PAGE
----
While you might the merfect mouse sharpshooter, keeping in mind the needs of people with less precise mouse movements is also important - the precision needed to hit these buttons on the left among all the other control elements there is much higher than before - people with special needs and movement problems will have a much harder time navigating this environment.

This is why I would recommend the layout of 'minimize,maximize, title ,close'. Accidental clicks on minimize or maximize are easy to undo and maximize can be also accessed by double-clicking the title, so minimize should be in the corner as it is harder to access otherwise.

Spang (hetkot) wrote :

Look I'm not opposed to progress, if I was, why on earth would I mind installing a beta OS. But the concept behind progress is that there is actual improvement. Changing things for no good reason is simply unproductive.

Why could you oppose change in this case. Because it forces us to change habits, more specifically in this case automatisms. Automatisms allow us to live life without having to think about trivial tasks. They aren't there when you're born, but are built with experience, which takes time. By forcing people to change automatism (for no good reason) your actually forcing people to waste "thinking time" on trivial actions. It's like changing the order of the throttle and the break in a car, just because the designer liked it better that way?

If the potential fancy new toy in the right corner was actually there, people wouldn't be feeling that the changing effort is for nothing.

And by the way, for those who state it's all about options. Yes, options are great, but they are no excuse for poor decisions. By which I'm not stating this one is a poor decision. I do strongly disagree with it though and form me it's back to menu:min,max,close for now.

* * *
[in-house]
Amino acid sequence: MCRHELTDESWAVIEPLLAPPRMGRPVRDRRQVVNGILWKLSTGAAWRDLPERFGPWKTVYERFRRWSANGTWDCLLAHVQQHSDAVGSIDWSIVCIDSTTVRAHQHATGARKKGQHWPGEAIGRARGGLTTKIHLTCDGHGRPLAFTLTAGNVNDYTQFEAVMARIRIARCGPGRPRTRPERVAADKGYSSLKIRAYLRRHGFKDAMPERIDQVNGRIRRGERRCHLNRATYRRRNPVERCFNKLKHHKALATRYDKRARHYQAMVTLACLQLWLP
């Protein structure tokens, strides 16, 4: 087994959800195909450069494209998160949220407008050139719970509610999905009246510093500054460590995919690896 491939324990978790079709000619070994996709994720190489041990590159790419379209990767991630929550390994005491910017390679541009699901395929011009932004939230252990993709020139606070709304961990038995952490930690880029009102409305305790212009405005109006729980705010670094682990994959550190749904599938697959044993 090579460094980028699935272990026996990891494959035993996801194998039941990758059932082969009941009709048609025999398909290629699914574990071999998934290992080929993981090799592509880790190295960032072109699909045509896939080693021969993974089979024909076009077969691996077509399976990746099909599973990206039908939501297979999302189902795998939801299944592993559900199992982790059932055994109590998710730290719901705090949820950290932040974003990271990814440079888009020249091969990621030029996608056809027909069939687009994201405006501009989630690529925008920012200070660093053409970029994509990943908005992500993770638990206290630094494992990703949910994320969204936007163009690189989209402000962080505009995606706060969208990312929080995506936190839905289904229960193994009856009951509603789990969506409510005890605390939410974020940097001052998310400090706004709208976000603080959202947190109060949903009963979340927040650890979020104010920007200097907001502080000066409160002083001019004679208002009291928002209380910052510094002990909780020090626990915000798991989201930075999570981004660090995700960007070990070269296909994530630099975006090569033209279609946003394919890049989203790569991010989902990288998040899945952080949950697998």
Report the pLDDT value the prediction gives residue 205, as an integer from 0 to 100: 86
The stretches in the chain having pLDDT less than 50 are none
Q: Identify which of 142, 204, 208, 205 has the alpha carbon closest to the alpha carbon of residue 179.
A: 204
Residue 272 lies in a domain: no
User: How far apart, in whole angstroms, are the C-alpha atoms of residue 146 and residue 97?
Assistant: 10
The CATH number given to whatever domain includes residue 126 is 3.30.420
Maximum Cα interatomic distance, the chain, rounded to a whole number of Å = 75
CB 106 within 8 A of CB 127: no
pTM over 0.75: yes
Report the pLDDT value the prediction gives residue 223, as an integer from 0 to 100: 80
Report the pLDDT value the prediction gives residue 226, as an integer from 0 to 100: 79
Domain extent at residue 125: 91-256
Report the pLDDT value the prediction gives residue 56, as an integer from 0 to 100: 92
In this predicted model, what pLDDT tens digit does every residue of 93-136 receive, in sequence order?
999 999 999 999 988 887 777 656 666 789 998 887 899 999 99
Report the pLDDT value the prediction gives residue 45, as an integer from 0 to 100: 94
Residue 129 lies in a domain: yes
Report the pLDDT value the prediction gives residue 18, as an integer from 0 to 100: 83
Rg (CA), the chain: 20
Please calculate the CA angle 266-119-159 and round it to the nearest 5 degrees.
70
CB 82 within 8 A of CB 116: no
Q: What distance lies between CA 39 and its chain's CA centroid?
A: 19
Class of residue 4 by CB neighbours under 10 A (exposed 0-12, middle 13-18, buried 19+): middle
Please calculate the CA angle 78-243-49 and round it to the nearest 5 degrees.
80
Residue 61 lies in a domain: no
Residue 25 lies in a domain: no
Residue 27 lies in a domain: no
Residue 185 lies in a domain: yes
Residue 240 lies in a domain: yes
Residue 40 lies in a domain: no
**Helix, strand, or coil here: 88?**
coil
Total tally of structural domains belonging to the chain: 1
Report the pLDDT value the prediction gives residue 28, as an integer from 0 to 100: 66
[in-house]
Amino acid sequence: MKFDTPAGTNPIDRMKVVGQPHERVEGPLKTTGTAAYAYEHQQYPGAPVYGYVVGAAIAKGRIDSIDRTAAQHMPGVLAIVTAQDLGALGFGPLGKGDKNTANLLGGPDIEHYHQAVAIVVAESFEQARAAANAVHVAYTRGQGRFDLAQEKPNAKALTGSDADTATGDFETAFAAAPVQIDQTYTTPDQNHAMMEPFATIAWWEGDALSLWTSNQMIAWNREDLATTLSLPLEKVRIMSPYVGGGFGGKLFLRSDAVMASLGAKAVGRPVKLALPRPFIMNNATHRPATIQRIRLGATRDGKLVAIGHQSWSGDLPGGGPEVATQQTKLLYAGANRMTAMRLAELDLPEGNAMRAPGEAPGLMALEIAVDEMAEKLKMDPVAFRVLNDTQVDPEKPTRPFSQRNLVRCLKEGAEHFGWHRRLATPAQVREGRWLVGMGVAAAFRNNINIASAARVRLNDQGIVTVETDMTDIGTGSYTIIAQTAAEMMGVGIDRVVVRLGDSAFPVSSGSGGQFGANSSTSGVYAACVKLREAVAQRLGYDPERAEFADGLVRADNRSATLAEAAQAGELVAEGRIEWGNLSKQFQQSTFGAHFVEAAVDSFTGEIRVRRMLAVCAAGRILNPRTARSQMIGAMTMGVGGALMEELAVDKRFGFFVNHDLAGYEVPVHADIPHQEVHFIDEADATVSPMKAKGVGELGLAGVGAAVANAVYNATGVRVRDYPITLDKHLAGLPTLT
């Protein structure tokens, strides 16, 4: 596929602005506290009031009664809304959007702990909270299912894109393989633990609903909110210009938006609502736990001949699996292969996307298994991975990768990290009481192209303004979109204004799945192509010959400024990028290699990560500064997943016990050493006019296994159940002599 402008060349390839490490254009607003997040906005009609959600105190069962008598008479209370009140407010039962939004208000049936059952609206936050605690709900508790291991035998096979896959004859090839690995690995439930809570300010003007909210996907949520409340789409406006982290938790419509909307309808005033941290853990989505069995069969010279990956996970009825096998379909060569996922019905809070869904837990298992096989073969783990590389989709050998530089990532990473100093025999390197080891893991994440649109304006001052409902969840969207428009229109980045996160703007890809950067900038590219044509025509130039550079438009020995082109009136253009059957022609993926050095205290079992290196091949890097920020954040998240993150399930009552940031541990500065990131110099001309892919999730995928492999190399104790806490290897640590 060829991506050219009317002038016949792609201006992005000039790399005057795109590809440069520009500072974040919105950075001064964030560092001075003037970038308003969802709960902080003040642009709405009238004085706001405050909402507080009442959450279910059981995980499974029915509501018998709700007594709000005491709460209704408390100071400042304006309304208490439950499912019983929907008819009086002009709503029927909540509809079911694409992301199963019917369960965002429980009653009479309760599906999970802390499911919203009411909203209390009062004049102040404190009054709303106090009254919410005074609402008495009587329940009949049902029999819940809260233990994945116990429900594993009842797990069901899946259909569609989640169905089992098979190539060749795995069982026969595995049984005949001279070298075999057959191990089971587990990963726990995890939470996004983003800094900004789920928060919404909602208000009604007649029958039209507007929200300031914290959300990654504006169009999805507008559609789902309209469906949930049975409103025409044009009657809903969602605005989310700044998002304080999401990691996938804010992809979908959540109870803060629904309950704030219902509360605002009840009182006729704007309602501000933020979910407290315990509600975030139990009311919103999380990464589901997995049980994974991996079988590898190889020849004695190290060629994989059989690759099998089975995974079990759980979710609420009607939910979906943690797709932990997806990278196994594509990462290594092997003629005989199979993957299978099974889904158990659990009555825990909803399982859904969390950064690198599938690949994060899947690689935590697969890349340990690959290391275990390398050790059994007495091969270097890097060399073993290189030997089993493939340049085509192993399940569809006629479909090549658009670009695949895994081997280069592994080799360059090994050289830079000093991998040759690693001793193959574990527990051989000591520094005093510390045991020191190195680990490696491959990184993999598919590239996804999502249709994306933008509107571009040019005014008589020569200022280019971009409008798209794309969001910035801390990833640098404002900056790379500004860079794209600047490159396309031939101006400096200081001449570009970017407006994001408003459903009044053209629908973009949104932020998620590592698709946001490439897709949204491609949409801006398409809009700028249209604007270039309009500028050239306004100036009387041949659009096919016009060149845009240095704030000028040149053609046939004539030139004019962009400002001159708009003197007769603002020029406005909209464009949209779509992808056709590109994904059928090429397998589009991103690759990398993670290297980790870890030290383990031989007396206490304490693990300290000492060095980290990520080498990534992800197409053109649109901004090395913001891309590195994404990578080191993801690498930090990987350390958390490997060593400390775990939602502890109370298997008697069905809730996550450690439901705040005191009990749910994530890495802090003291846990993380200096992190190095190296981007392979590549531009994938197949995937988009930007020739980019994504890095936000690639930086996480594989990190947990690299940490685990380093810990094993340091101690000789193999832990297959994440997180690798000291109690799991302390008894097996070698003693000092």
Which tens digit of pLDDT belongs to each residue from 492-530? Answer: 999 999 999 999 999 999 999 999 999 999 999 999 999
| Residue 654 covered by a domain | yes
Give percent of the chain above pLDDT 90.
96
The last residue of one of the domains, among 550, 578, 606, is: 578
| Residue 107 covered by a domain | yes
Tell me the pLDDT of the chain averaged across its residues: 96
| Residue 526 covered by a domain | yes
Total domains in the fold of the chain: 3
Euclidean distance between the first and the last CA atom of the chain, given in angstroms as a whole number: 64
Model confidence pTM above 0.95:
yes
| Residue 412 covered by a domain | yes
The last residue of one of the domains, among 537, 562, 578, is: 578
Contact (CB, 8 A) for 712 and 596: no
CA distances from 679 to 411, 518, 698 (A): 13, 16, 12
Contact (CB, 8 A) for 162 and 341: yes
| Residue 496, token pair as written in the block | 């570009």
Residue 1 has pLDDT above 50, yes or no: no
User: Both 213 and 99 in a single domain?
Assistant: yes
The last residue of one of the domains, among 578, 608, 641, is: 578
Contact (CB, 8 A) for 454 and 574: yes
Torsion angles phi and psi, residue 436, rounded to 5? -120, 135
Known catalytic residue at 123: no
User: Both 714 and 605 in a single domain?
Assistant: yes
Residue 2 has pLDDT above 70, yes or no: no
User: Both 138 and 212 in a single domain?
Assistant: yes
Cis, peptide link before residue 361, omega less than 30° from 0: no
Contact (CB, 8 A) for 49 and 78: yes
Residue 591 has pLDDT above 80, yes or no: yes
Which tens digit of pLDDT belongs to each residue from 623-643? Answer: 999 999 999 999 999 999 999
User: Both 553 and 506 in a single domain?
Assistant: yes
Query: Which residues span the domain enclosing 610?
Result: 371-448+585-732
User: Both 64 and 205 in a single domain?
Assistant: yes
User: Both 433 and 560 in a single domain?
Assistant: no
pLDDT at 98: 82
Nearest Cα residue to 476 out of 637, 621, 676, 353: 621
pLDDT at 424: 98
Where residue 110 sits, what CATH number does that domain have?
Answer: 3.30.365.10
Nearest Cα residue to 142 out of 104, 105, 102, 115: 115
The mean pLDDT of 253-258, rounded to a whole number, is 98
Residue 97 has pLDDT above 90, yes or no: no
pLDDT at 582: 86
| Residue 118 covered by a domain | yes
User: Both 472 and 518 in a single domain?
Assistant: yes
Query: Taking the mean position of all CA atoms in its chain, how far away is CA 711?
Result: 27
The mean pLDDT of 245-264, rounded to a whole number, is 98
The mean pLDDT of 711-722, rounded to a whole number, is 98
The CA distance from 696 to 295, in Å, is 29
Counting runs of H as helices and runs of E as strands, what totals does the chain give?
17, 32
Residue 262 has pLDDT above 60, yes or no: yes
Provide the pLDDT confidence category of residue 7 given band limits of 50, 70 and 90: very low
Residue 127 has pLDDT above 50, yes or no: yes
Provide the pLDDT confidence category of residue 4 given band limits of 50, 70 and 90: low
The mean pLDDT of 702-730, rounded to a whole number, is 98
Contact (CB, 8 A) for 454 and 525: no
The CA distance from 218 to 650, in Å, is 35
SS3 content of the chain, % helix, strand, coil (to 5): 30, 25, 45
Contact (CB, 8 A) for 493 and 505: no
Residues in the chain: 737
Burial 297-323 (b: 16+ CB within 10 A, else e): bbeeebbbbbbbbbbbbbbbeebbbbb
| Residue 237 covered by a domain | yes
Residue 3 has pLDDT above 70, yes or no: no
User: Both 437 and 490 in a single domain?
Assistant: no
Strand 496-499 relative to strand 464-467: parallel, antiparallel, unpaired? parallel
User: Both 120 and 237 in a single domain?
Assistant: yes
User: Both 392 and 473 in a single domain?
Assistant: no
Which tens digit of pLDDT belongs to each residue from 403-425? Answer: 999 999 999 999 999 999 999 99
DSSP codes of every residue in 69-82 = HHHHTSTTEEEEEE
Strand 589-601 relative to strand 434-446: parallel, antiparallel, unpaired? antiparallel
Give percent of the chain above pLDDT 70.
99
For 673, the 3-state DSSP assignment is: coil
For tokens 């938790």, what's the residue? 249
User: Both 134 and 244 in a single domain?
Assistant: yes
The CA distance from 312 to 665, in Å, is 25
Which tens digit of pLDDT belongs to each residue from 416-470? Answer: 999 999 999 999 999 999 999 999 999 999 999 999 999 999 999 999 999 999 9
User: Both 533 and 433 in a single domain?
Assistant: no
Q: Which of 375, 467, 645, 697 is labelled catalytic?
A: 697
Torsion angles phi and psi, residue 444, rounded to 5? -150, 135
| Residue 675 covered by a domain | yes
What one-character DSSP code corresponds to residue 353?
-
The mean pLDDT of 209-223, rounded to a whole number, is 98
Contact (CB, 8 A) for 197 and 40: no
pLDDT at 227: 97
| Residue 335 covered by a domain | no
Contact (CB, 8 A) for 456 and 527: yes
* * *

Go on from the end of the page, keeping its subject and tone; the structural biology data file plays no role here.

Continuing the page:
phede92 (phede92) wrote :

For Mark

Ubuntu = Mac OSX

scholli (scholli-tz) wrote :

@ Aigars

"Moving such dangerous button as 'Close' into the mix increases it even more as you will want to be REALLY careful not to close your window by accident."

This should be the reason why the ’Close’-button is in the third place... for ’no’ clicking by accident.

"... there are many elements in one area"

That is the great stuff. It's a good usability-point... I don't see it negative - the opposite happens. ;-)

> While you might the merfect mouse sharpshooter, keeping in mind the needs of people with less precise mouse movements is also important - the precision needed to hit these buttons on the left among all the other control elements there is much higher than before - people with special needs and movement problems will have a much harder time navigating this environment.

Maybe. But even this I don't think it's so grave. The applications with important datas who's get a change will ask you before closing always if you're sure that you want close without ’save’ it. The second is, that the ’Close’-button is in a place there this kind of accidents are nearly impossible.

"This is why I would recommend the layout of 'minimize,maximize, title ,close'."

Safer, but more ugly. (my point of view)

Aigars Mahinovs (aigarius) wrote :

@ scholli

> > Moving such dangerous button as 'Close' into the mix increases it even more
> > as you will want to be REALLY careful not to close your window by accident."

> This should be the reason why the ’Close’-button is in the third place... for ’no’ clicking by accident.

No, the new location of the Close button is not in any safe place - it is right next to the 'Edit' and 'View' menus in most applications and right next to the middle of the 'Applications' menu for maximized windows (or any windows put into the top-left corner of the screen. It is surrounded by useful functionality, which is not harder to reach realiably because of this mine.

Also, if 'ugly' is a valid argument, I think it looks ugly when everything is piled up in one side of the window and the other side is bare and unused.

Moraes Junior (moraesjunior) wrote :

IMHO, if it'll be on the right side, please keep the same old order: minimize, maximize, close. But If it goes to left corner, please, keep the OSX order: close, minimize,maximize.
It is already "hard" to change from windows and osx style, now imagine to have to pay attention in the new Ubuntu buttons order proposal either! So please, no metter what corner, but keep it natural for the users.
Cheers!

Jordan Erickson (lns) wrote :

Obviously this UI change is 'hot' enough to warrant an easily accessible choice by the user. At the *very least*, please include an option in "System -> Preferences -> Appearance" to put the buttons on right/left/middle/whatever the user sees as their own individual preference. Please don't force it on us and make it hard for 90% of users to change. The UI design of window control buttons on the right goes way beyond Windows/Mac/Linux. It is the standard in almost any software windowing system anywhere. It's almost universal, and this UI change causes confusion and frustration (obviously).

On 03/22/2010 09:21 AM, Aigars Mahinovs wrote:
> While you might the merfect mouse sharpshooter, keeping in mind the
> needs of people with less precise mouse movements is also important -